McDonnell’s point is to suggest that he treated businessman Jonnie R. Williams Sr. no differently. Williams was allowed to meet with staff to the governor. But he was never actually given any of the things he sought, namely tobacco commission funding for research at public universities of his company’s dietary supplement.

McDonnell said constituents “should be able to make their pitch on their idea.”

“That’s what government exists to do, serve constituents,” he said.

McDonnell: 'You've got to know where those lines are'

Asked about his raising and accepting political donations, Robert F. McDonnell seems to be previewing the key contention of his defense.

Raising money, McDonnell said, is “one of the key things that has to be done with a statewide office.” And that requires, he said, meeting with people who want something.

“My rule of thumb is every contributor wants something,” he said.

But McDonnell said when he has met with potential donors throughout his political career, he has been guided by the principle: “If you can’t take somebody’s money and be willing to vote against their interest the next day, you don’t belong in the business.”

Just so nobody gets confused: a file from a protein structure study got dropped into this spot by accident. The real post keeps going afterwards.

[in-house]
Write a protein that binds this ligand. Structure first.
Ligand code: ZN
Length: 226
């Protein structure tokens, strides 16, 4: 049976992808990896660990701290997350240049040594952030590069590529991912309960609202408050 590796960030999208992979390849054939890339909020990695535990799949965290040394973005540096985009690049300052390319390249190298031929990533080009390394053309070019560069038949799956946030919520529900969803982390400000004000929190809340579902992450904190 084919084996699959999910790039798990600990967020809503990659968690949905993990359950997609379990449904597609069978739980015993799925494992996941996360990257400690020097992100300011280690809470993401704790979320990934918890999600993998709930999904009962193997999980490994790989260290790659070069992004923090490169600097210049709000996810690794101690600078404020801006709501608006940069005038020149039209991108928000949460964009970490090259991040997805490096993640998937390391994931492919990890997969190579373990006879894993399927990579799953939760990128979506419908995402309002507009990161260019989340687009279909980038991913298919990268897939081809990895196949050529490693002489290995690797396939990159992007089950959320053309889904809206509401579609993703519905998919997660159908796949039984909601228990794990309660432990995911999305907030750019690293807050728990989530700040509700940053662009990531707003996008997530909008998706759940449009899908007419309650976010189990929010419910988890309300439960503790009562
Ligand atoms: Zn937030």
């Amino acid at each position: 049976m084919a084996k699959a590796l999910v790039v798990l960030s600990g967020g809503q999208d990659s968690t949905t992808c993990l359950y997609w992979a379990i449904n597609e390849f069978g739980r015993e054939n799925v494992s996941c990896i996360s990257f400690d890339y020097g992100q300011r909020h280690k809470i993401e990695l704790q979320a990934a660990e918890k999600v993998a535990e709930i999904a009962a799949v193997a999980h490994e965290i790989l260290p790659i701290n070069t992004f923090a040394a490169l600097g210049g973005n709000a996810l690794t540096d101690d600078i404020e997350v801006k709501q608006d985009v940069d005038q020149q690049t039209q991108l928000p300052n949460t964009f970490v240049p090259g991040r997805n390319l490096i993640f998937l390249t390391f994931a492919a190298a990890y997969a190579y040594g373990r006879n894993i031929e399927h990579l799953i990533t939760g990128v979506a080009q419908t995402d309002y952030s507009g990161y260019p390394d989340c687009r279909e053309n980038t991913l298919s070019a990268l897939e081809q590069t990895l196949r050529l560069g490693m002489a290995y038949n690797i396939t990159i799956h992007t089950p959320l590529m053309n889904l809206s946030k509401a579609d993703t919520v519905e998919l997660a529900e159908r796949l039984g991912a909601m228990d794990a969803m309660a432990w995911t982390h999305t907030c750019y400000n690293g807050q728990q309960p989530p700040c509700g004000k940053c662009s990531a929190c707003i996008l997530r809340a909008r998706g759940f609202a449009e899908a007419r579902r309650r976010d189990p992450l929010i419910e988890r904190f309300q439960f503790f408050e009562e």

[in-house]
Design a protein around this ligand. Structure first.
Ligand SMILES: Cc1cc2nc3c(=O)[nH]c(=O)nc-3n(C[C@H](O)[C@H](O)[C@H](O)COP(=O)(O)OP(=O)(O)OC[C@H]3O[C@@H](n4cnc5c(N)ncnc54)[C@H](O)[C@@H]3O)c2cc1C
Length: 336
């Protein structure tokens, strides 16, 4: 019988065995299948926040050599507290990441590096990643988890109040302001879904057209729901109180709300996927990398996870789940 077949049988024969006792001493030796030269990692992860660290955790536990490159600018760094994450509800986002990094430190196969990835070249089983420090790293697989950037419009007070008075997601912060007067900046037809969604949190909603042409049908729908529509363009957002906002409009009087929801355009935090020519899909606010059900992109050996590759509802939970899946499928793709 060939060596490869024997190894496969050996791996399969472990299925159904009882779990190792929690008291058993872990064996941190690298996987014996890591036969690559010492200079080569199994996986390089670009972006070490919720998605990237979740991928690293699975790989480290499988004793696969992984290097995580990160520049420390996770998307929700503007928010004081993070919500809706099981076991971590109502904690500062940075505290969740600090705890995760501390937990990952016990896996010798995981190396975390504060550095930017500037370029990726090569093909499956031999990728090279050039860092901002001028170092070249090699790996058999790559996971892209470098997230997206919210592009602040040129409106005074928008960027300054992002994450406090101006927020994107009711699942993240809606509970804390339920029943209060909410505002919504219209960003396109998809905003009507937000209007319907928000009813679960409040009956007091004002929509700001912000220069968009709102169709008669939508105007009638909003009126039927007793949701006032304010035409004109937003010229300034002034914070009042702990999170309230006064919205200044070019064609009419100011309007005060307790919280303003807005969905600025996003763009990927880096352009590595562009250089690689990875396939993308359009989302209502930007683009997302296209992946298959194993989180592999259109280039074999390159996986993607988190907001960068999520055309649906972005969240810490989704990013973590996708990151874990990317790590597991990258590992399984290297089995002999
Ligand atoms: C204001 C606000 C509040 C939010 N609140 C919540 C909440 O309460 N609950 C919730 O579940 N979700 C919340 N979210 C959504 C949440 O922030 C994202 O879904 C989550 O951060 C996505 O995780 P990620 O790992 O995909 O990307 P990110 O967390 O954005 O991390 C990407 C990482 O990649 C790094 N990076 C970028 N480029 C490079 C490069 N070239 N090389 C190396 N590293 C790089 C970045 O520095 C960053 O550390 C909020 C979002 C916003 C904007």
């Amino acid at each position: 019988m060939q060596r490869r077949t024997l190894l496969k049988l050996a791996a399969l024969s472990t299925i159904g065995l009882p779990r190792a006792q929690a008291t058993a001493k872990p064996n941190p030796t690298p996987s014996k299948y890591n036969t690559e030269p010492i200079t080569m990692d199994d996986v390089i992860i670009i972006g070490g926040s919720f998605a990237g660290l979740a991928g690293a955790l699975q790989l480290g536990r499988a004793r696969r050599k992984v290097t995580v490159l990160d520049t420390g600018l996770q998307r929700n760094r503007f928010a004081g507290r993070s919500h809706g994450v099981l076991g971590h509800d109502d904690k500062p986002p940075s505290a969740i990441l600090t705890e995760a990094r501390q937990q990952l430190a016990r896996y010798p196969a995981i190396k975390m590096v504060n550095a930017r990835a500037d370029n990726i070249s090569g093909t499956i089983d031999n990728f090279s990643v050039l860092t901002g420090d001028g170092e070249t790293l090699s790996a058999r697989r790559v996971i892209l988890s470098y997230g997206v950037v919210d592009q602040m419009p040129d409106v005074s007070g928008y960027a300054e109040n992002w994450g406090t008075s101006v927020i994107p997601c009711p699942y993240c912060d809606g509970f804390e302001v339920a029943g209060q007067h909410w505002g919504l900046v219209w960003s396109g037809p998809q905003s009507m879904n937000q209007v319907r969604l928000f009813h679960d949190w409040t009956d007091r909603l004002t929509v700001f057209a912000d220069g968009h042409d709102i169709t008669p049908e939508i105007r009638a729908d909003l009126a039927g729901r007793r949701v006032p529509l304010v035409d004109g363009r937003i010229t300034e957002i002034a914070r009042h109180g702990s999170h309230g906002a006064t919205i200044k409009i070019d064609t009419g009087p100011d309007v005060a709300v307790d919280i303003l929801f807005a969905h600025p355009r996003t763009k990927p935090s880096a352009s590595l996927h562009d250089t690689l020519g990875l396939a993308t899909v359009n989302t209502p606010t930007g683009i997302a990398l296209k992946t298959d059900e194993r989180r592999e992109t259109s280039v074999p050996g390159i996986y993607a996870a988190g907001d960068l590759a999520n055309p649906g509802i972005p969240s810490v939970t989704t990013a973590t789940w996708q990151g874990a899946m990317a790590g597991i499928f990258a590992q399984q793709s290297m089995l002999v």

If jurors believe McDonnell genuinely feels that way — and applied the mantra to his dealings with Jonnie R. Williams Sr. — they might be inclined to return a verdict that is favorable to him. Prosecutors must prove that McDonnell accepted Williams’s largess as part of a corrupt exchange for his using the governor’s office to promote the businessman promote his company and its product.

McDonnell told jurors that he could draw a distinction between contributions and actions.

“You’ve got to be able to separate the receipt of a contribution from what you believe is the right thing to do on a particular policy issue,” McDonnell said. “You’ve got to know there those lines are.”

To be sure, prosecutors are not alleging that the things Williams gave to McDonnell and his family — loans for his real estate company, vacations and luxury goods — are campaign or political contributions. And McDonnell will eventually have to answer questions about those.